Some contributions to air pollutants in the United Kingdom come from outside our borders and their control necessitates common action with our partners in Europe. The strategy is designed to be consistent with forthcoming EC requirements on air quality--and we will continue to work closely with the EU countries to tackle transboundary air pollutants, especially ground-level ozone.

Water: European Directives

Lord Pearson of Rannoch asked Her Majesty's Government:

    What is their estimate of the amount which the United Kingdom has spent or is committed to spend to comply with each European water directive currently in force; how much it has spent or is committed to spend during the period covered by those directives on water infrastructure and supply; and how much the other EU member states have similarly spent or are committed to spend.

Earl Ferrers: The Director General of the Office of Water Services allowed £24,000 million of capital expenditure during the 10-year period from 1995 to 2005 (financial years), when he set price limits for the water and sewerage companies in England and Wales. Of this, £12,000 million was for the maintenance of assets and £1,000 million for improving water resources and to reduce the risk of flooding from sewers, and £11,000 million was for quality improvements in response both to national priorities and to the requirements of European Community Directives.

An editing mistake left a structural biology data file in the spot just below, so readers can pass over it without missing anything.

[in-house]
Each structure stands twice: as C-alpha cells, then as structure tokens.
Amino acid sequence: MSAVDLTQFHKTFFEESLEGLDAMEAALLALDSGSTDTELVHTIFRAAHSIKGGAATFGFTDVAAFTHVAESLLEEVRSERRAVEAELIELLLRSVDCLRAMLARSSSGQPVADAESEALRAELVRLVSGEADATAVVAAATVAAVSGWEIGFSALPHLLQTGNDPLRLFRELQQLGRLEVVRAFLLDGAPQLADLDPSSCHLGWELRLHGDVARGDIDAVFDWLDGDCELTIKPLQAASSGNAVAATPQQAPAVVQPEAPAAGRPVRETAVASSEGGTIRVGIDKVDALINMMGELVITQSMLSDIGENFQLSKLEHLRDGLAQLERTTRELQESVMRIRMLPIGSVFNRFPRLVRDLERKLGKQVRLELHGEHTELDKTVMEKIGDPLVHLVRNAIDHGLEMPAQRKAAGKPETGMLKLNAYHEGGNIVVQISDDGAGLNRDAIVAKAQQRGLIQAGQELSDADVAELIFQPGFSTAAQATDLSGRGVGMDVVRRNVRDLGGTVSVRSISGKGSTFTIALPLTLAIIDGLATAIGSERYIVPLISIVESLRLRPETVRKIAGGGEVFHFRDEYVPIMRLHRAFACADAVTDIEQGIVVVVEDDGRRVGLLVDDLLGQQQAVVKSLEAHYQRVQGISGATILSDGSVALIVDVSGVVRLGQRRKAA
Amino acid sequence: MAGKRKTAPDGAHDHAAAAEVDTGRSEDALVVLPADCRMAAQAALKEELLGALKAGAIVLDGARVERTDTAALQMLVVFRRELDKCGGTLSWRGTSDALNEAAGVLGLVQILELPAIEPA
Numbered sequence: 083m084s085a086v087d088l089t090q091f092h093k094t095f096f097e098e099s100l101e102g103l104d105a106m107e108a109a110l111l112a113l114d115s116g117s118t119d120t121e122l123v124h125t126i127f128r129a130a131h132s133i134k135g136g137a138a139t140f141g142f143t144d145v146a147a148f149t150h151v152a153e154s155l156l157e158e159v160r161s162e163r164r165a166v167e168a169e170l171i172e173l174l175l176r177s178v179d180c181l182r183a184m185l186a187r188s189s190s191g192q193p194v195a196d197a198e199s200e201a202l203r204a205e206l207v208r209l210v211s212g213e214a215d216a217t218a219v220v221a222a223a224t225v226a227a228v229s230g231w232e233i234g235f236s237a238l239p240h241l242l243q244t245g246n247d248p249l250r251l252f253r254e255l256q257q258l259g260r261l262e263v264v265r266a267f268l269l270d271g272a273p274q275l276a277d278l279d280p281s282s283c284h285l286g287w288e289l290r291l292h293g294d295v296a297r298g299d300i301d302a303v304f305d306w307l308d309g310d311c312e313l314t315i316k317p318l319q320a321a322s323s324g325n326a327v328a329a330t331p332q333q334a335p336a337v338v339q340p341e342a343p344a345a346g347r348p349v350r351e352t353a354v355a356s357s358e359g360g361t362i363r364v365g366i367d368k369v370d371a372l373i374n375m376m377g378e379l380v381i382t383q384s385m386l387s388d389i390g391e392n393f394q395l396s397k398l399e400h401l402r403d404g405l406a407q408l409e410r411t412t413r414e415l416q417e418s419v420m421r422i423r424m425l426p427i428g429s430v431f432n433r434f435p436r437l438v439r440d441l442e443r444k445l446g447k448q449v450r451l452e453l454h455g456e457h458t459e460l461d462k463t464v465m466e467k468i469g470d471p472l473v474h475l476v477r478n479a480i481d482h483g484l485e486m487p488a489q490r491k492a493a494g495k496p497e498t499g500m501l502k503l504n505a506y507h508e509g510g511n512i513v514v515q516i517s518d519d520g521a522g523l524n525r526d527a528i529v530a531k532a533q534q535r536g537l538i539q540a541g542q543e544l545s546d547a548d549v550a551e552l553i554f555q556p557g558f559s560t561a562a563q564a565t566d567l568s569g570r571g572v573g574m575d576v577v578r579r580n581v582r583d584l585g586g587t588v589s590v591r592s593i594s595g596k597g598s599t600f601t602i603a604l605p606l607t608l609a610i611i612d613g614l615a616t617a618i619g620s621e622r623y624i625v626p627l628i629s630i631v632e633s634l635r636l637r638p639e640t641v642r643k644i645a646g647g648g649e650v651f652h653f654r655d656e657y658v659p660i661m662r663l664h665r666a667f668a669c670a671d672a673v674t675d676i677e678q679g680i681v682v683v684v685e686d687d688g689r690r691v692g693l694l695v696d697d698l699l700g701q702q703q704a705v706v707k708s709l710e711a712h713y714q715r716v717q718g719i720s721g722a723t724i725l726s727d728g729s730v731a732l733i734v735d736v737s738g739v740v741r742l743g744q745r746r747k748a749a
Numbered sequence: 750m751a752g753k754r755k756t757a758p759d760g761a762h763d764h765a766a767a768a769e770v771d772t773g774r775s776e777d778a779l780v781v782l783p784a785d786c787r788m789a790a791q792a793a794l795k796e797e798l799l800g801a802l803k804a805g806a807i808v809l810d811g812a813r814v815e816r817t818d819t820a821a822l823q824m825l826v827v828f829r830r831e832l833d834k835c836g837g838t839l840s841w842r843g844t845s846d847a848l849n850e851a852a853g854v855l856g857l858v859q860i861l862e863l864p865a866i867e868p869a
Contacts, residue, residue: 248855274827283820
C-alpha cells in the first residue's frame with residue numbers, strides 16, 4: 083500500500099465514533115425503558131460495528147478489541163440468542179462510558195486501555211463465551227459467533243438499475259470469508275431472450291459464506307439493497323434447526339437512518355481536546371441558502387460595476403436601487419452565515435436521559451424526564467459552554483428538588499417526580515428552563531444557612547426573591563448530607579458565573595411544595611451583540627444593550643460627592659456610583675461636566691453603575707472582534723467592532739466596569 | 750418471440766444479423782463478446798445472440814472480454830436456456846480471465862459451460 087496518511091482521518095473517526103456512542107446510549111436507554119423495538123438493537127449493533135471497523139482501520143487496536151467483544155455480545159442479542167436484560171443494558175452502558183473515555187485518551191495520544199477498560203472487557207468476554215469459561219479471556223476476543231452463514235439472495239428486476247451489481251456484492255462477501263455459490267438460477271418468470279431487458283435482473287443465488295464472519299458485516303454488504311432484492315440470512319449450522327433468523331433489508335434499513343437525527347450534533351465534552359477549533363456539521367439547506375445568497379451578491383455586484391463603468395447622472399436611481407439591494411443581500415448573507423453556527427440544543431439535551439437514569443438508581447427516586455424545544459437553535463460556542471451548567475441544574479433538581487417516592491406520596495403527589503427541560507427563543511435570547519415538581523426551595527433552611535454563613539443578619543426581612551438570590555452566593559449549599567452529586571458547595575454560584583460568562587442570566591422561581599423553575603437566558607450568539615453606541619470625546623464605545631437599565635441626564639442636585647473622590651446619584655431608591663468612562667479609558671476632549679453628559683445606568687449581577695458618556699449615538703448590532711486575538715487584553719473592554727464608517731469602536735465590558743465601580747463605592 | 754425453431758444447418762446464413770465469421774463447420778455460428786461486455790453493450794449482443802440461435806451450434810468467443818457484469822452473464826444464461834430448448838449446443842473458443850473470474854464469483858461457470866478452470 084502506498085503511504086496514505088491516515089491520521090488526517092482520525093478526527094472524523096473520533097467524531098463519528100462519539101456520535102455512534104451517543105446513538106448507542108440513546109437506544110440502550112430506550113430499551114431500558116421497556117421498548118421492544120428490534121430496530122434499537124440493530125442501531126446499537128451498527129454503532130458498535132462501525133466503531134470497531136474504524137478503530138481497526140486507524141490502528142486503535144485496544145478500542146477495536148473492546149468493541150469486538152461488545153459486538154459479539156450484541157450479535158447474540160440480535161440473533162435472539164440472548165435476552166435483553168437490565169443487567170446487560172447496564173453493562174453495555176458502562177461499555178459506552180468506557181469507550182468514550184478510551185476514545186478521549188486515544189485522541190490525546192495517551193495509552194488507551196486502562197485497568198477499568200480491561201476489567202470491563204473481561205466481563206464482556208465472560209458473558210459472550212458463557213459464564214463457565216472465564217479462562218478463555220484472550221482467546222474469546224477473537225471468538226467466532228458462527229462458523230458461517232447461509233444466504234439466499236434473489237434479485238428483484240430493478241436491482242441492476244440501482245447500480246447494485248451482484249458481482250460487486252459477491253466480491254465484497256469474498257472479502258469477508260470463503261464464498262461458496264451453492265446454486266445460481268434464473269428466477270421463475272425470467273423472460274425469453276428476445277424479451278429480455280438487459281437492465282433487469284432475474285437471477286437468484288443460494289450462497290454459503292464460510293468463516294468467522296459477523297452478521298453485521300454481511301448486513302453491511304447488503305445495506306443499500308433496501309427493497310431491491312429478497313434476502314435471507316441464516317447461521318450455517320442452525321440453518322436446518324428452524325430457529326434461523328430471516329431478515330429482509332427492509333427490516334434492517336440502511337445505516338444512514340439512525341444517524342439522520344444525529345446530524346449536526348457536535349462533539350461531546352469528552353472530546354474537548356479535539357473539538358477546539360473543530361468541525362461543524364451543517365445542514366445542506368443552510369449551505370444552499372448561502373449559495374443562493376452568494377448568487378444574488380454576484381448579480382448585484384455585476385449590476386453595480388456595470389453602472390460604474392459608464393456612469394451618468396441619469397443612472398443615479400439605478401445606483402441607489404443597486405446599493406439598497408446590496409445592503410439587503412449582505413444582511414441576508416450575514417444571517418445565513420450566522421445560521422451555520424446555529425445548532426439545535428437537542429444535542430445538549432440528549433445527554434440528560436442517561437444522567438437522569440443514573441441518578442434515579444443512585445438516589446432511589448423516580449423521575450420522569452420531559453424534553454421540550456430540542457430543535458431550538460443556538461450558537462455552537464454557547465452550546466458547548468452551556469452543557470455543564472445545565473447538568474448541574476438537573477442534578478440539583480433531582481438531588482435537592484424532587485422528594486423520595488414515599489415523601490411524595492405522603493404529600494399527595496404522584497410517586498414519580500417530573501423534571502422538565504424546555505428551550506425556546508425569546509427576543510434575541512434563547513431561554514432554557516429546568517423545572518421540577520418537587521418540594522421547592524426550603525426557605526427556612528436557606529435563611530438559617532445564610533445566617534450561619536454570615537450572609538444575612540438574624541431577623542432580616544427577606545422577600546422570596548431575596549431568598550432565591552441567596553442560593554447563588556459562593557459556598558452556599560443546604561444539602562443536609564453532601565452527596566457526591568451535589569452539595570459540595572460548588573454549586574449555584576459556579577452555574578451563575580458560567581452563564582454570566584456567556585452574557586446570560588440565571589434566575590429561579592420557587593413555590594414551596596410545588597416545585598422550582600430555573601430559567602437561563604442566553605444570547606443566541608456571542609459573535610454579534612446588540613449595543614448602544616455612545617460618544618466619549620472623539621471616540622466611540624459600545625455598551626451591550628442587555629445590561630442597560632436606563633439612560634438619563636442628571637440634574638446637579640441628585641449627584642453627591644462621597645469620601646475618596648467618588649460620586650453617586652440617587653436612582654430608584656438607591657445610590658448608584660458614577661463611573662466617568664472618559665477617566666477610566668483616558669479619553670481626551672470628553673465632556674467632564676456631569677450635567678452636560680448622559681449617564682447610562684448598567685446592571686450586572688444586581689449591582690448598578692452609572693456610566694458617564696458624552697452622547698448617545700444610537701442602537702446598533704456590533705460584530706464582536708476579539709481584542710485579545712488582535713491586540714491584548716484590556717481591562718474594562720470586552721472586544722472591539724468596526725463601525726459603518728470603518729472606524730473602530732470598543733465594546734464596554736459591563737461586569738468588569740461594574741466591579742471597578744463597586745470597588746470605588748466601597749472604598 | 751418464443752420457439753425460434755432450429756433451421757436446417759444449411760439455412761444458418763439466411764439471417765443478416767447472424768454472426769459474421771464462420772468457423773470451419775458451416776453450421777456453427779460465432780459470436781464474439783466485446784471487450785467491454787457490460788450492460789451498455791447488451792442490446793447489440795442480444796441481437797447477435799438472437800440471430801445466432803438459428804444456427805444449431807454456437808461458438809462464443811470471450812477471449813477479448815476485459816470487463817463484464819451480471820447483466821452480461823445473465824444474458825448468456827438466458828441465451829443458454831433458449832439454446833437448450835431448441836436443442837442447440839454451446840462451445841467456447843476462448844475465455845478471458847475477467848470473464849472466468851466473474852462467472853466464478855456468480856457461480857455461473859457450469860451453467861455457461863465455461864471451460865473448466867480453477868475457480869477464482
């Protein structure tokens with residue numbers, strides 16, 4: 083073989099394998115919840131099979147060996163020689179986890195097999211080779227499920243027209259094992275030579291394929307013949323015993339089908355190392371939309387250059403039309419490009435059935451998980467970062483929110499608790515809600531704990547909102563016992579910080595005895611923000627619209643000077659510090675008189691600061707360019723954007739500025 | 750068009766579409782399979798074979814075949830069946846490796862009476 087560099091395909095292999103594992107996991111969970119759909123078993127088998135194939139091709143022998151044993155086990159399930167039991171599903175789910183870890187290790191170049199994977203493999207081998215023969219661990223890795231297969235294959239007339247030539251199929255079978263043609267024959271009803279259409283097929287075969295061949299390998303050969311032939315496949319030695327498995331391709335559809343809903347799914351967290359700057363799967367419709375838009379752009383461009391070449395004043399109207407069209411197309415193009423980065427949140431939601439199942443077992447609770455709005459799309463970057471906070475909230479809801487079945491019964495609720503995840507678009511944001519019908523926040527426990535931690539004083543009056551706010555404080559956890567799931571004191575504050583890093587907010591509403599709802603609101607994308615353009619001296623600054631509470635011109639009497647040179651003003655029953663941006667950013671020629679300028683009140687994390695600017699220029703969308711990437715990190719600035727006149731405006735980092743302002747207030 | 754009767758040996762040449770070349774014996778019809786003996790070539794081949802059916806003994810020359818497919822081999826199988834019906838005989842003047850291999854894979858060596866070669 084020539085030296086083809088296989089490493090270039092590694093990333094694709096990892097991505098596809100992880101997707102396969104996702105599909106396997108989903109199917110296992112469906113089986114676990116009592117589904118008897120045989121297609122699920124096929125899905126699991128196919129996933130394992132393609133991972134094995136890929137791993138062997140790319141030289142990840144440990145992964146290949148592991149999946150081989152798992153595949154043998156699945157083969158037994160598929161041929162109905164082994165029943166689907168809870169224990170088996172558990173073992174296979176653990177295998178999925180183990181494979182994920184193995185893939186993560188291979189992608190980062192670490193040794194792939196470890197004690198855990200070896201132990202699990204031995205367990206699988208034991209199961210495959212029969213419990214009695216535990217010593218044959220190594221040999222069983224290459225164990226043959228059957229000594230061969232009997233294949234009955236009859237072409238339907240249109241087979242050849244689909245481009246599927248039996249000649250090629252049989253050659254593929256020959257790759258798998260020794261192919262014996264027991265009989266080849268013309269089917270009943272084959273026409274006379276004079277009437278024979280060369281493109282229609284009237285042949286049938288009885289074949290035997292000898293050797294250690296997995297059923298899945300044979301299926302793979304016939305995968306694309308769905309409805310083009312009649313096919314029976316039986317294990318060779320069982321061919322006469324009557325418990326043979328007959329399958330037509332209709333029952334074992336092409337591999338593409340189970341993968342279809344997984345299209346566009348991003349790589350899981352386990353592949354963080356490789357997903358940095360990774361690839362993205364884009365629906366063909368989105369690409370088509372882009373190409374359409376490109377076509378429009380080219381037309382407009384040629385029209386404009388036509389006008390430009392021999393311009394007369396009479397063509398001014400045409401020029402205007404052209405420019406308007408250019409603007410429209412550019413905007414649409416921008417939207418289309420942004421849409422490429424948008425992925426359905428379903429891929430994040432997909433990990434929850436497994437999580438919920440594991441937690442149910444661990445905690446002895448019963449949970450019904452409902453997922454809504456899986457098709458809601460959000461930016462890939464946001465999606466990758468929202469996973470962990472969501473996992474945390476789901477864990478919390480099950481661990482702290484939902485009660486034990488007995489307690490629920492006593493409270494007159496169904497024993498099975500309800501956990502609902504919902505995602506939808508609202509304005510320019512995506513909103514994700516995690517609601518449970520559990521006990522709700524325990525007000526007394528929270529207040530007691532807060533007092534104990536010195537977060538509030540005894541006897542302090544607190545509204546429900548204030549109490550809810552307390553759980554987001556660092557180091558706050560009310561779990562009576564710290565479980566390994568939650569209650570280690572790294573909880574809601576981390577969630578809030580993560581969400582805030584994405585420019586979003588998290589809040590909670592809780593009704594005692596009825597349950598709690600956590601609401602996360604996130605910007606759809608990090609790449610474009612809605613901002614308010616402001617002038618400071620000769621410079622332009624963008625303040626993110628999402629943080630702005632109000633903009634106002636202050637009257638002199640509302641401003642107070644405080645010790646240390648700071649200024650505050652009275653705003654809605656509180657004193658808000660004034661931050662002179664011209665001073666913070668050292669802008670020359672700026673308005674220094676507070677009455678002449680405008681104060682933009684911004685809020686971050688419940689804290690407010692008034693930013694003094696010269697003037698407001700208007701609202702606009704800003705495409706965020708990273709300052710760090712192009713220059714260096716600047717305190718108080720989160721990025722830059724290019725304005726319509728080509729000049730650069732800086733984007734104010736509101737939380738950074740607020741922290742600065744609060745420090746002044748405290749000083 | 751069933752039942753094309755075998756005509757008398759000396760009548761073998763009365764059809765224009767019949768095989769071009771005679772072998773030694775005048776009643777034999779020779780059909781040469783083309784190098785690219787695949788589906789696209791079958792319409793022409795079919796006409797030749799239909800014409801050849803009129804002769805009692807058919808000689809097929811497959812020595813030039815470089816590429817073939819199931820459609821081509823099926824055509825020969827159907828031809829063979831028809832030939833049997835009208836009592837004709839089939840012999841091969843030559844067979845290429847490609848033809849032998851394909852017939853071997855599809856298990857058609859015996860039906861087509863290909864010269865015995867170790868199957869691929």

Many of the existing European water directives were agreed in the 1970s and 1980s and full information on spending is not available. Nor is it possible to separate historic costs associated with individual directives. Current best estimates for the most significant directives, though, are:

    Bathing Water Directive: £2,000 million; and

    Urban Waste Water Treatment Directive: £8,000 million.

The cost to the water industry in England and Wales of meeting the requirements of the Water Quality Regulations for drinking water between 1990-91 and 1994-95 was £2,600 million. Further improvements to the quality of drinking water planned for the period 1995-2005 would cost in the region of £3,900 million.

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We do not have comprehensive information on expenditure by other member states to meet European Community directives.

London Underground: Derailments

Earl Russell asked Her Majesty's Government:

    How many trains on the London Underground have suffered derailment in the past 12 months, and what was the equivalent figure (a) five years ago; (b) 10 years ago; (c) 15 years ago.

The Parliamentary Under-Secretary of State, Department of Transport (Viscount Goschen): I understand from London Underground that there has been one derailment this year and that there were four in 1996, two in 1991 and 10 in 1986. Figures were not collected on the same basis in 1981. These figures are for derailments of passenger trains in service operated by London Underground, where at least one wheel of one vehicle left the rails.